From the June 2004 Idaho Observer:
Will necessity give way to the Second Vermont Republic?
A secessionist movement, led by Professor Thomas Naylor, is beginning to gain ground in Vermont. Naylor, author of The Vermont Manifesto, the Second Vermont Republic, believes the time has come for all good people to support secession from Washington, D.C. A specter is haunting America -- the specter of separation, alienation and powerlessness. We are enmeshed in a global system of conquest and destruction in which Corporate America and the United States government manipulate and control the lives of millions of ostensibly free individuals through money, markets, media and technology, resulting in the loss of political, economic, agricultural, social, cultural, and environmental sustainability and independence. We have been enslaved by American imperialism -- internal and external, and most of us don't even know it, wrote Naylor.
The Vermont Manifesto is an extremely lucid overview of where the citizens of the several states stand in relation to the central government in Washington, D.C. We, the people no longer have a voice in D.C. and it functions without our approval and $7.2 trillion beyond its means. Most would agree there is no stopping the monster that has become the federal government; there is no changing the system. Logic, therefore, determines that we have two choices: 1) Suffer the system though it no longer serves our needs; 2) Leave the system.
It would appear that secession is the only option available to the citizens of the several states. Once we have seceded, we may reestablish cooperative relationships with the other states and, eventually, perhaps, the world will breathe a sigh of relief when Washington, D.C., is no longer the capital of global corporate technotyranny.
A Declaration of Independence
by the People of the Sovereign State of Vermont
When, in the course of human events, it becomes necessary for one people to dissolve the political bonds which have connected them with another, and to assume, among the powers of the earth, the separate and equal station to which the laws of nature and mankind entitle them, let them declare the causes which impel them to the separation.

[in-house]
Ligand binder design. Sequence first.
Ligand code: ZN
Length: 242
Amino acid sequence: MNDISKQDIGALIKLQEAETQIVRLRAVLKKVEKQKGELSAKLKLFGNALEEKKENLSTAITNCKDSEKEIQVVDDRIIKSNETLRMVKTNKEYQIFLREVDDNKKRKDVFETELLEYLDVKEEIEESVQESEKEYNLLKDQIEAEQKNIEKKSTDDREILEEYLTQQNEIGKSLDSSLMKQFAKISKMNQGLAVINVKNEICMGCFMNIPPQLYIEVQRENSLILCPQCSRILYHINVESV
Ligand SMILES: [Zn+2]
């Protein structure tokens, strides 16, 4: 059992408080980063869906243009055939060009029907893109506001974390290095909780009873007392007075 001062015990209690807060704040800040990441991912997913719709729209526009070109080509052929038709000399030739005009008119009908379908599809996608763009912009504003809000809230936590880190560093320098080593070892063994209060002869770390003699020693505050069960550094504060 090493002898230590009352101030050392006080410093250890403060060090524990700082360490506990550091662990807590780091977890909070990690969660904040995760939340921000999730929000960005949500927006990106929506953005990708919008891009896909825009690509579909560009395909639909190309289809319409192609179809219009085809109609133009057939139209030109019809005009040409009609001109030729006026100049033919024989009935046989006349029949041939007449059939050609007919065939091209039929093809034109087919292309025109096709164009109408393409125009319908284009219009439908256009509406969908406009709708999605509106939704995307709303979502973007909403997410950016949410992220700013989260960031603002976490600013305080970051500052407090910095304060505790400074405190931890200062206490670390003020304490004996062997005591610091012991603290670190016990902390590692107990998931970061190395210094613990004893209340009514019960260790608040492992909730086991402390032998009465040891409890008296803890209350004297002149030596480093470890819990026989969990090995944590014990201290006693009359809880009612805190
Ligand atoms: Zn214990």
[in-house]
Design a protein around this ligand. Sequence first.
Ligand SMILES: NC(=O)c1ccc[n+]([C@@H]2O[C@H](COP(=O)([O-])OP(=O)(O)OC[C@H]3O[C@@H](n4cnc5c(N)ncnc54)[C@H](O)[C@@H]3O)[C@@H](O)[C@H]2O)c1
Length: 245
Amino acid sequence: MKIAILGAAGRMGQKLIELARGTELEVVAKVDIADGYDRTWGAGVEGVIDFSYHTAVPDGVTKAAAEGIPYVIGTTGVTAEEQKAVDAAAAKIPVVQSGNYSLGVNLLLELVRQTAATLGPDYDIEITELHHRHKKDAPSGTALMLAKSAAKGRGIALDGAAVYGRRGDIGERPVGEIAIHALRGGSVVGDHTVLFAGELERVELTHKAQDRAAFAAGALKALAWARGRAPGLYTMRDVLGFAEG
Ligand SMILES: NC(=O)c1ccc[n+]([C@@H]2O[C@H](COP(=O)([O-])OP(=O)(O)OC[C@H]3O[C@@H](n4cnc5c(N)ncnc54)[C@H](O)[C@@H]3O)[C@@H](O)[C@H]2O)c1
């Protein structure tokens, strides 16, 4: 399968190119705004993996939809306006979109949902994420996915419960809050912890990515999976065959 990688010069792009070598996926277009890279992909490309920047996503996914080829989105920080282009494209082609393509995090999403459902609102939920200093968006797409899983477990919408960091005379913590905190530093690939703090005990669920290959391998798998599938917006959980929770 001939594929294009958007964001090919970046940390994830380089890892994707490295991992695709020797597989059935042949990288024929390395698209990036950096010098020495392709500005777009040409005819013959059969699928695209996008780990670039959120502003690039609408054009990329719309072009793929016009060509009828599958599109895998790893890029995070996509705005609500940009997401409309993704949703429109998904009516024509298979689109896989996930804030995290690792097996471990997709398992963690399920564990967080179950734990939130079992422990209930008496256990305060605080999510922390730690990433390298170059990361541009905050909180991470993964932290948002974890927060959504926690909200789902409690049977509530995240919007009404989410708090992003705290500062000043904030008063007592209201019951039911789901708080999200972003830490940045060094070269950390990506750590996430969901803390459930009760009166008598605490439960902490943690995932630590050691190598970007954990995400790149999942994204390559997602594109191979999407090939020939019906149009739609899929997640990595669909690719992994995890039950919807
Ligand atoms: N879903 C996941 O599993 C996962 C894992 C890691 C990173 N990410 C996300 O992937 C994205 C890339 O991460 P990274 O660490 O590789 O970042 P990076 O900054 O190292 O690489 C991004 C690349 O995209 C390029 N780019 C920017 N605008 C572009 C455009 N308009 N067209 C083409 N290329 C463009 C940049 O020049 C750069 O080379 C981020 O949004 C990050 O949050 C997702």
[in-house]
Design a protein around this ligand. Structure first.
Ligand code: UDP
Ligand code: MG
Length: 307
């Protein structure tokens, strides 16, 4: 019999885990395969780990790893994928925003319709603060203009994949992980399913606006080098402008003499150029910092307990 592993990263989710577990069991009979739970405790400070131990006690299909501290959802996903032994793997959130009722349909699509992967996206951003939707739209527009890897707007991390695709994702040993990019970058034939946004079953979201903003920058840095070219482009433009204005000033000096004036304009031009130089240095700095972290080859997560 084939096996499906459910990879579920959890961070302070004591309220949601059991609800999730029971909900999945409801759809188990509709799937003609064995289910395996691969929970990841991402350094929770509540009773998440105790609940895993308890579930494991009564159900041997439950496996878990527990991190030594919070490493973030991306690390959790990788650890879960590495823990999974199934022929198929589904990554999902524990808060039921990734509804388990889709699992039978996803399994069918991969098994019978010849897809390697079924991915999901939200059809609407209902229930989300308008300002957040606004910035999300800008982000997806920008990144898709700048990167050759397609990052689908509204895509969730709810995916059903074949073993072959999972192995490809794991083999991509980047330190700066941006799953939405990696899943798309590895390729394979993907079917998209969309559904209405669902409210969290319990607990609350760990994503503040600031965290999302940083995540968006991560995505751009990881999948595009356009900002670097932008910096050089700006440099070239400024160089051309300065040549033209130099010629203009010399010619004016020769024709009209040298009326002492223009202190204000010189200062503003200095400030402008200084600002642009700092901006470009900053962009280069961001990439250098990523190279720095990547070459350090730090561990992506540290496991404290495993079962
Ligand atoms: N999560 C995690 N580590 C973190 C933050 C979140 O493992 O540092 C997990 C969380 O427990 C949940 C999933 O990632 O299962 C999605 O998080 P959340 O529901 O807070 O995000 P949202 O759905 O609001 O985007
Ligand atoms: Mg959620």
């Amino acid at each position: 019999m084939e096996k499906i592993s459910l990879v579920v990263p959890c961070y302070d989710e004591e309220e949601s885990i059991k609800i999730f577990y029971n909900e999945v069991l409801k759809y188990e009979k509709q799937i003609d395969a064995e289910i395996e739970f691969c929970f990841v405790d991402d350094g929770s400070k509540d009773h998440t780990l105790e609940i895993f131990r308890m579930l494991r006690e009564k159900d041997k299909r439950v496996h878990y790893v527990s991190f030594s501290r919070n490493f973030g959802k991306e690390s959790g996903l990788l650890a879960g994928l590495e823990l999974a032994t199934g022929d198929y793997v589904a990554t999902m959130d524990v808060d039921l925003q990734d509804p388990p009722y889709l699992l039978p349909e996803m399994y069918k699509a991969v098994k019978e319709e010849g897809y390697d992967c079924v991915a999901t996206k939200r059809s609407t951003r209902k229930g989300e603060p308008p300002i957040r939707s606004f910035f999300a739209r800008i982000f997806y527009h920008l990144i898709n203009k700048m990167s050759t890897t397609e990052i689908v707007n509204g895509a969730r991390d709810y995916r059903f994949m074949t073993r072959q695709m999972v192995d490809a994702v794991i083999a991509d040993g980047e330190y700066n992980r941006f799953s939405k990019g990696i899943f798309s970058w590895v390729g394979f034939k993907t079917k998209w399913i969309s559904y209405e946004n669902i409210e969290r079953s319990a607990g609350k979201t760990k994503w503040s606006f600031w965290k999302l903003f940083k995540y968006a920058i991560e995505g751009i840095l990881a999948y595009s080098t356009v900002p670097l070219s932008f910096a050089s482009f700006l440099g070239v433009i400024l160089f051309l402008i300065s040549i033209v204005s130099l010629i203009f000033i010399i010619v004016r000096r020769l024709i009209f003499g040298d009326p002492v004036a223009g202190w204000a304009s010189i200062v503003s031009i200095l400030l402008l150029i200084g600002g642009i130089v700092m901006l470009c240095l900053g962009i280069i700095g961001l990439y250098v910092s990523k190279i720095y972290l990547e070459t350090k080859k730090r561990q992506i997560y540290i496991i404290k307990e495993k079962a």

We hold these truths to be sacred and undeniable; that all men are created equal and independent, that from that equal creation they derive rights inherent and inalienable, among which are the preservation of life, and liberty, and the pursuit of happiness. That, to secure these rights, governments are instituted among men, deriving their just powers from the consent of the governed; that whenever any form of government becomes destructive of these ends, it is the right of the people to alter or to abolish it, and to institute new government, laying its foundation on such principles, and organizing its powers in such form, as to them shall seem most likely to effect their safety and happiness. Prudence, indeed, will dictate that governments long established should not be changed for light and transient causes. But when a long train of abuses and usurpations evinces a design to compromise their sovereignty and to mandate their complicity in the building of empire, in oppression and exploitation throughout the world, and in the suppression of the rights of individuals, societies, tribes and nations, it is their right, it is their duty, to throw off such government, and to provide new guards for their future.